Friday Takeaway Table—a mile-high look at muted 2022 oil production growth

By Tim Rezvan, CFA

With 3Q earnings season in the rear-view mirror for the large liquids-focused producers, we wanted to quantify management teams’ comments about holding the line on production growth in 2022. We looked at 20 large integrated and upstream companies to assess the 2022 production growth outlook. To do so, we used Bloomberg consensus figures, as of the morning of 11/5 and figures from earlier this week for Pioneer Natural Resources and Continental Resources, given noise in production forecasts for the previously announced Delaware Basin.

The quantitative results confirm the qualitative comments we heard across the board about prioritizing capital return over production growth. In total, the production growth outlook for this group of 20 is only 3.7%.

We note some limitations of this work. For Exxon Mobil, Royal Dutch Shell and Suncor, we are reporting total liquids, and have not received formal 2022 guidance from most of these companies. That said, the collective hive mind of the sell-side community has baked in cautious commentary from the C-suite and sees modest y/y growth.

With WTI hovering around $80+ and the 2022 WTI strip at $73/b, balance sheets are strengthening across the oil patch. The ability to fund additional growth without driving higher leverage is easier than it’s been since 2018. But we see no signs of that scenario playing out in 2022, even as global demand is expected to increase as the world reopens. The path of least resistance for crude appears to be higher.


Some relevant comments on 2022 heard on Q3’21 earnings calls:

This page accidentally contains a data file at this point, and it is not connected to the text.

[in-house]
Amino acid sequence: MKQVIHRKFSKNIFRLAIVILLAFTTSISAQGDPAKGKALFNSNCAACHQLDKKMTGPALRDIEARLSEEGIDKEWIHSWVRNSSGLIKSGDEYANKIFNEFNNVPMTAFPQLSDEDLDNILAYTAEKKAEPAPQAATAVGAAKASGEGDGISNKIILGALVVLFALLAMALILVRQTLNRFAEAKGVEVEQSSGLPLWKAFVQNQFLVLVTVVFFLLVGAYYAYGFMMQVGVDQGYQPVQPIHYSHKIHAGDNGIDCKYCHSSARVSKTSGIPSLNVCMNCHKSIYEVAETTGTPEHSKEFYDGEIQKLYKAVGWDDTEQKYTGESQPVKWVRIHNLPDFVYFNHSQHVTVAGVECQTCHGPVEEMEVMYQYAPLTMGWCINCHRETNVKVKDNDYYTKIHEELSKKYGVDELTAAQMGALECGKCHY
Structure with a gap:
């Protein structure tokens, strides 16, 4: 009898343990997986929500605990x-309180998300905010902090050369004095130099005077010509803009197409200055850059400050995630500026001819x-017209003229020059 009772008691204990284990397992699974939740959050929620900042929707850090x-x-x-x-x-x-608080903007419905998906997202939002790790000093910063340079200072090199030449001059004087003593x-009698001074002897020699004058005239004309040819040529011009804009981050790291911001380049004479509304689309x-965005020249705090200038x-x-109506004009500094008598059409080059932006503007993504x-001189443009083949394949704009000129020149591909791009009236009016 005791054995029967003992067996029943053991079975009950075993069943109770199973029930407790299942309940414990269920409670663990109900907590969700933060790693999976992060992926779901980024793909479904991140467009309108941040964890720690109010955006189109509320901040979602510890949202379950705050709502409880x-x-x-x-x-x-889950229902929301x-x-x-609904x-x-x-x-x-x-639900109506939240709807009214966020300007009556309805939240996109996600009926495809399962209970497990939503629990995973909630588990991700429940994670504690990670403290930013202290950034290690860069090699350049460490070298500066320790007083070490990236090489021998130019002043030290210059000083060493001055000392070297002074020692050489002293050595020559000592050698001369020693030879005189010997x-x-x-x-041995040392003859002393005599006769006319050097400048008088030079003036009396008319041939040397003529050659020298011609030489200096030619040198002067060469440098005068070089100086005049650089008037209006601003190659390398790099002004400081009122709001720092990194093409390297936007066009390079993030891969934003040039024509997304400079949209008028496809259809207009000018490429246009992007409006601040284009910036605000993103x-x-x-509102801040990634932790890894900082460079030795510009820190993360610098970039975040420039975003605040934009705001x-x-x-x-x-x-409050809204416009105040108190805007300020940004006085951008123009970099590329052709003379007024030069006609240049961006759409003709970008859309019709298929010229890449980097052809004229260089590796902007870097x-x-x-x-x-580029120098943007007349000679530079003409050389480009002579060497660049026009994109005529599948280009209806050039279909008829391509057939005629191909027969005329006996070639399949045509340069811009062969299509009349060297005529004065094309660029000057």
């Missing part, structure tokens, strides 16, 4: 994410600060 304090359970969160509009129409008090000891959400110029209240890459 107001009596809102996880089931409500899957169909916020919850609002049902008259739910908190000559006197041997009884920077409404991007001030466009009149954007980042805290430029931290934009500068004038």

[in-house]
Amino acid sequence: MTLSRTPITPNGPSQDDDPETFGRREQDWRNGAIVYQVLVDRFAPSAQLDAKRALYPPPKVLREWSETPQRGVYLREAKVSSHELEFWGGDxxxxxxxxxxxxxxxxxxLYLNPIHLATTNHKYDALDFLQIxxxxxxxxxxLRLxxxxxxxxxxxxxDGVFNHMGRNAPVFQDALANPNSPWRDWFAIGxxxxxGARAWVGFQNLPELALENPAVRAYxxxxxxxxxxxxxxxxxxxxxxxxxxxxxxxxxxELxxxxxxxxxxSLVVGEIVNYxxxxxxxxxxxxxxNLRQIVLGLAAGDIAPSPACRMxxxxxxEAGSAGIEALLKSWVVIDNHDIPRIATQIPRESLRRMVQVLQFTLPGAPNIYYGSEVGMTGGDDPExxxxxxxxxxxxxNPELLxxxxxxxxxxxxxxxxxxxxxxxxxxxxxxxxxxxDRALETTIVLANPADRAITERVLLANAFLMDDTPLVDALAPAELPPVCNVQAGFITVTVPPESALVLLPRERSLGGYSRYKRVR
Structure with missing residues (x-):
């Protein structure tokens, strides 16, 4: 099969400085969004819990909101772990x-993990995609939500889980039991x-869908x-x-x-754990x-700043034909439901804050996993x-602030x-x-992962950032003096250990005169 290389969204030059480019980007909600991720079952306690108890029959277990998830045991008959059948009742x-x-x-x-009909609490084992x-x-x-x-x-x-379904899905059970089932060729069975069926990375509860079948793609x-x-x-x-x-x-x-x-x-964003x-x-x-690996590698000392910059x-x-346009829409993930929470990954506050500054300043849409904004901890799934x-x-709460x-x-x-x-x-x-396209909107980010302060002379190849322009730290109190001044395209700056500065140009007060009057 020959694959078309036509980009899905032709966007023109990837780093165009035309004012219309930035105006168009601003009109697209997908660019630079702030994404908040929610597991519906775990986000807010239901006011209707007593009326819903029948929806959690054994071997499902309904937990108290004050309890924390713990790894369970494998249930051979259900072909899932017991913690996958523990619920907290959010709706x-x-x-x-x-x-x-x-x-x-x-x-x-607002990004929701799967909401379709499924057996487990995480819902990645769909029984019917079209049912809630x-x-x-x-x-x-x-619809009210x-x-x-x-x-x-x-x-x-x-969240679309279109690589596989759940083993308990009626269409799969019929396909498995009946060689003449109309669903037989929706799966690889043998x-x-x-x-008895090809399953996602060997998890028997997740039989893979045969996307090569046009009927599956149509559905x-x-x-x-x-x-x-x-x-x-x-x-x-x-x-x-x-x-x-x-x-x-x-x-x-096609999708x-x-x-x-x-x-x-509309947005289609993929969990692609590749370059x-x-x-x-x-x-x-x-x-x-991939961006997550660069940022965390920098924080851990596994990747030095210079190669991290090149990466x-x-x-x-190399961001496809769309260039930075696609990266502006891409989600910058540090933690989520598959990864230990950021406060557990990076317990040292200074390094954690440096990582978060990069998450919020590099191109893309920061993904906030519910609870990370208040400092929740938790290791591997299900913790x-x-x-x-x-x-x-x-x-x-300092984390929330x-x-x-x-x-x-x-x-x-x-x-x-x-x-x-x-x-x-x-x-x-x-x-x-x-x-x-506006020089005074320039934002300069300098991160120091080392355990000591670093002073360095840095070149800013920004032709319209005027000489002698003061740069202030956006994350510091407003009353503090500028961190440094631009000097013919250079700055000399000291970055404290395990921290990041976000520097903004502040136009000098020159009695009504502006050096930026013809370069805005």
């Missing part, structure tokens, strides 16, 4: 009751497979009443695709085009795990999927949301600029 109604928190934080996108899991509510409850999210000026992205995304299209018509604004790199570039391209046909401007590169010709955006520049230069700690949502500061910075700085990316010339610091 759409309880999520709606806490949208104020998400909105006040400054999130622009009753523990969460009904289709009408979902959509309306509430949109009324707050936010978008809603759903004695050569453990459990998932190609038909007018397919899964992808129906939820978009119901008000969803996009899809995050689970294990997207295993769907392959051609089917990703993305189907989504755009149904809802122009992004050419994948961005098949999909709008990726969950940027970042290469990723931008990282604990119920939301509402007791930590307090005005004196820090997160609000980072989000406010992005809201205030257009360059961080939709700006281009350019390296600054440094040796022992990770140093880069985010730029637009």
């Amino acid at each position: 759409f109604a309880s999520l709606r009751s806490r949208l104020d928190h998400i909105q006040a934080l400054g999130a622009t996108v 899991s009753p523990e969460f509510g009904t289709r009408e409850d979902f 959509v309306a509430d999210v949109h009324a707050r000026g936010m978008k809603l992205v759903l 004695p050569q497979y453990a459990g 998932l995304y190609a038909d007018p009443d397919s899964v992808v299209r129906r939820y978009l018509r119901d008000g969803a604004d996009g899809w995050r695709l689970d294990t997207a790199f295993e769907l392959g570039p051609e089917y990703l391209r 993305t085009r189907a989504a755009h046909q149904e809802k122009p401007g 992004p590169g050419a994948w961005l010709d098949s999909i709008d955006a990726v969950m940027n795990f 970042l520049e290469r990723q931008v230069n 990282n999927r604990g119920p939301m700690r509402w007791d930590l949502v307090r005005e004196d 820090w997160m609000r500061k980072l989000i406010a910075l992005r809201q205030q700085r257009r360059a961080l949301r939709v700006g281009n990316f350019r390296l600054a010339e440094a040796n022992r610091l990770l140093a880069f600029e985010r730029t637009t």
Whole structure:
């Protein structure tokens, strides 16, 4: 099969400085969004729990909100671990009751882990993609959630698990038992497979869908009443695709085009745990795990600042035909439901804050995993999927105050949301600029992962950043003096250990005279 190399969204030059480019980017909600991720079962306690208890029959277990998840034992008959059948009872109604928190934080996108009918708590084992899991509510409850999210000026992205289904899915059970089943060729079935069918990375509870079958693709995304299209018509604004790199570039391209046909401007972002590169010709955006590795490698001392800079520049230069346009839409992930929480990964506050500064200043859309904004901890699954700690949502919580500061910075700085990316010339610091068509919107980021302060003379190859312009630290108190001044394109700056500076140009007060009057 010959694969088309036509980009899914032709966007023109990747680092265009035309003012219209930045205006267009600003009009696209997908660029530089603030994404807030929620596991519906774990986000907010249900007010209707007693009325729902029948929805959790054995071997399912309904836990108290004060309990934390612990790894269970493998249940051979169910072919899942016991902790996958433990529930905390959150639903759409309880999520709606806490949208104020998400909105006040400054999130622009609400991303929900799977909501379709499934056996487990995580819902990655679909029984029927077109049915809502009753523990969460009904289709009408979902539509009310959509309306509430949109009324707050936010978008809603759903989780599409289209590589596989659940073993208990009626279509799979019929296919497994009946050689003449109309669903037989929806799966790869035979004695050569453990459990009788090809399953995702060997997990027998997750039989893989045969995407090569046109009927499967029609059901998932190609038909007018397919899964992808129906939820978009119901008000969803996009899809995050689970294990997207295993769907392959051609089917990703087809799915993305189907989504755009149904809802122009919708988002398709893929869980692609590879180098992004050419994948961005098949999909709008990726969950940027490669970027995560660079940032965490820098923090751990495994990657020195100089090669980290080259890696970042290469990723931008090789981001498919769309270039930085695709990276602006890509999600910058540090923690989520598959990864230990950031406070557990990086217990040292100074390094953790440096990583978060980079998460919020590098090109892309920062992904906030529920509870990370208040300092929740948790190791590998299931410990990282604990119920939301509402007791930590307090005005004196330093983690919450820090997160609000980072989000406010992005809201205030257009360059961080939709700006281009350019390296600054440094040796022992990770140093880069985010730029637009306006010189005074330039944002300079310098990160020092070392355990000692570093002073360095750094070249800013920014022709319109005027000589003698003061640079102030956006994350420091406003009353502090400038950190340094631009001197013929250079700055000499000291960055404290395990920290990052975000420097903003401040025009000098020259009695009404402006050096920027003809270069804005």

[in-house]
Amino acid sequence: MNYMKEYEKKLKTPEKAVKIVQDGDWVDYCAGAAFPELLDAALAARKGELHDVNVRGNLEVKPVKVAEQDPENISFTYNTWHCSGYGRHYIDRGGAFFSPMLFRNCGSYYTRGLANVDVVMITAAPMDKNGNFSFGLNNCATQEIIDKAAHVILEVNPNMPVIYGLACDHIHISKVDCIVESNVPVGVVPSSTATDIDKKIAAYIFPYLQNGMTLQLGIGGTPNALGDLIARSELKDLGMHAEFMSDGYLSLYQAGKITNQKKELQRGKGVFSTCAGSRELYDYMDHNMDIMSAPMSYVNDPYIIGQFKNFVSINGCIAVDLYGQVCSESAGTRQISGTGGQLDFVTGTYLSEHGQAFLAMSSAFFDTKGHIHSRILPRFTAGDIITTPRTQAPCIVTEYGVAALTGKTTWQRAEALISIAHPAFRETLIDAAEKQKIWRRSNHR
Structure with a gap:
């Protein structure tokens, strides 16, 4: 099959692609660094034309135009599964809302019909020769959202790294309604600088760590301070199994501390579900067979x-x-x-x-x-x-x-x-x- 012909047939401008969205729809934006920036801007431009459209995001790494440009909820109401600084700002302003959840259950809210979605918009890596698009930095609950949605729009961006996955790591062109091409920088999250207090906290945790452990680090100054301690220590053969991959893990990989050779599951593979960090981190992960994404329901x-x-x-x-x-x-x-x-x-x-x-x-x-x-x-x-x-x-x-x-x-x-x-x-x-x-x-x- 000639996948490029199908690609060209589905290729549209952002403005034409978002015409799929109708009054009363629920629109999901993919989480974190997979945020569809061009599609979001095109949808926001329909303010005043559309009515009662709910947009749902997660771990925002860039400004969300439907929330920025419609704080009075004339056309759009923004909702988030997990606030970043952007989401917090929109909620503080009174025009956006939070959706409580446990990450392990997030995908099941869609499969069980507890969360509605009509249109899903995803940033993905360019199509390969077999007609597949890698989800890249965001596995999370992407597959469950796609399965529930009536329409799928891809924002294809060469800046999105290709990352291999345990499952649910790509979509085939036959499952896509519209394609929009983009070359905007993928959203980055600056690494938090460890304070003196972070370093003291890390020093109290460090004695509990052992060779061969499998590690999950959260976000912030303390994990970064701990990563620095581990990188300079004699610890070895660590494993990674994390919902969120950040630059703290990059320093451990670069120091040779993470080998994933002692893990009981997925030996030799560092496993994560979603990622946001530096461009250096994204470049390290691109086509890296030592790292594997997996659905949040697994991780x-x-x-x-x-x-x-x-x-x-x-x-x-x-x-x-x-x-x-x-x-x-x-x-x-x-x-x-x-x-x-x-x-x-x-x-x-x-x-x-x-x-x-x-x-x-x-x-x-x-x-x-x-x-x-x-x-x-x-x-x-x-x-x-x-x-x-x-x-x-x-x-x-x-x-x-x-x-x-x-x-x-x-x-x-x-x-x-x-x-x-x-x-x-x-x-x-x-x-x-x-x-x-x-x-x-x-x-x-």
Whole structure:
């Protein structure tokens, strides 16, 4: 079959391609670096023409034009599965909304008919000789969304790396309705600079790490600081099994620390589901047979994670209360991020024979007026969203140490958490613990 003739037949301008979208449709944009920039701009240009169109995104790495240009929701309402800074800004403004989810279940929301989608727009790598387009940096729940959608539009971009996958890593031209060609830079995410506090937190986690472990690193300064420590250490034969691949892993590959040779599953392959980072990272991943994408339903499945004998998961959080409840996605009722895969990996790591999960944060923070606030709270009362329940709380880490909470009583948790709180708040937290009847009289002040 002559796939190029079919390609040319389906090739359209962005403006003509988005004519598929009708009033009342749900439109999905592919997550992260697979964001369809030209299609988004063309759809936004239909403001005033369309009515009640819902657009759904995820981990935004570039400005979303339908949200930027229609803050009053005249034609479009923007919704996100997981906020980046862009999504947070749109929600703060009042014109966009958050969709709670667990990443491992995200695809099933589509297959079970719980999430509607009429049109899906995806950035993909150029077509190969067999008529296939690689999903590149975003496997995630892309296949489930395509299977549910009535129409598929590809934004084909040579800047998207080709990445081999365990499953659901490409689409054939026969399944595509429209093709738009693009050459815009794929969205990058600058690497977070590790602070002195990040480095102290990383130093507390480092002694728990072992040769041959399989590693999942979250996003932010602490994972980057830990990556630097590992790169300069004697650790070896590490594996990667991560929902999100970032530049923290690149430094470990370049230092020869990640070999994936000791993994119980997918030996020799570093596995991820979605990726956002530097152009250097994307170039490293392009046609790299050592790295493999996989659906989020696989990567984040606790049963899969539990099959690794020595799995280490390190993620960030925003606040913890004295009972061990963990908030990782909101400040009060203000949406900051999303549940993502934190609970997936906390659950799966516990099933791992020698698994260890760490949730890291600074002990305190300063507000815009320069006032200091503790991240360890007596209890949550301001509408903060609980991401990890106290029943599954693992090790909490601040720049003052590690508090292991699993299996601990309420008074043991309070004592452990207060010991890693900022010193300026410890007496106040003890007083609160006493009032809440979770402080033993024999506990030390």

“Directionally, we don’t anticipate a significant departure on capex from what we included in our June update excluding Shell. In June, we provided an outlook based on a roughly $50 per barrel price that included a modest ramp in the Lower 48 to reactivate our optimized plateau plans, some incremental base Alaska investment and some longer-cycle low cost of supply investments in Canada, the Montney and in Norway. Since June, we see some inflation pressures, especially in the Lower 48. However, at this point, we’d expect to adjust scope modestly in order – in response to maintain our base capital at a level that is roughly consistent with our June update.”

—Ryan Lance, Chairman and Chief Executive Officer of ConocoPhillips


“…as long as our balance sheet stays in great shape, which we expect, and commodity prices continue to stay strong, we’ll continue to look at increases over and above our growth rate of 5%. Again, the variable dividend, up to 75% of previous quarter’s free cash flow of deducting the base dividend. We’ll be distributing about 80% of free cash flow back to the shareholders.”

—Scott D. Sheffield, Chief Executive Officer of Pioneer Natural Resources


“Our commitment to capital discipline will not waver with maintenance oil production, the case to beat, as we finalize our 2022 budget. We believe the right business model for a mature industry prioritizes sustainable free cash flow, a low reinvestment rate and meaningful returns to equity investors.”

—Lee Tillman, Chairman, President, and Chief Executive Officer of Marathon Oil


“So, starting last month and until we reach $3 billion of net debt, we’ve committed to return 25% of the previous quarter’s free cash flow after base dividends to our shareholders through either share buybacks or variable dividends. When we consider the total dollars involved, at the 25% level, this level of cash returns is very competitive with our peers. The remaining 75% will be allocated to the balance sheet with a modest amount allocated to small low-cost property bolt-ons. Once we hit our net debt target which at today’s prices could be as soon as year-end 2022, we plan to increase the shareholder return allocation to at least 50%. Our plan is underpinned by a reinvestment ratio of no more than 75% of cash flow, and in 2021, we’ll reinvest less than 50%.”

—Brendan McCracken, President of Ovintiv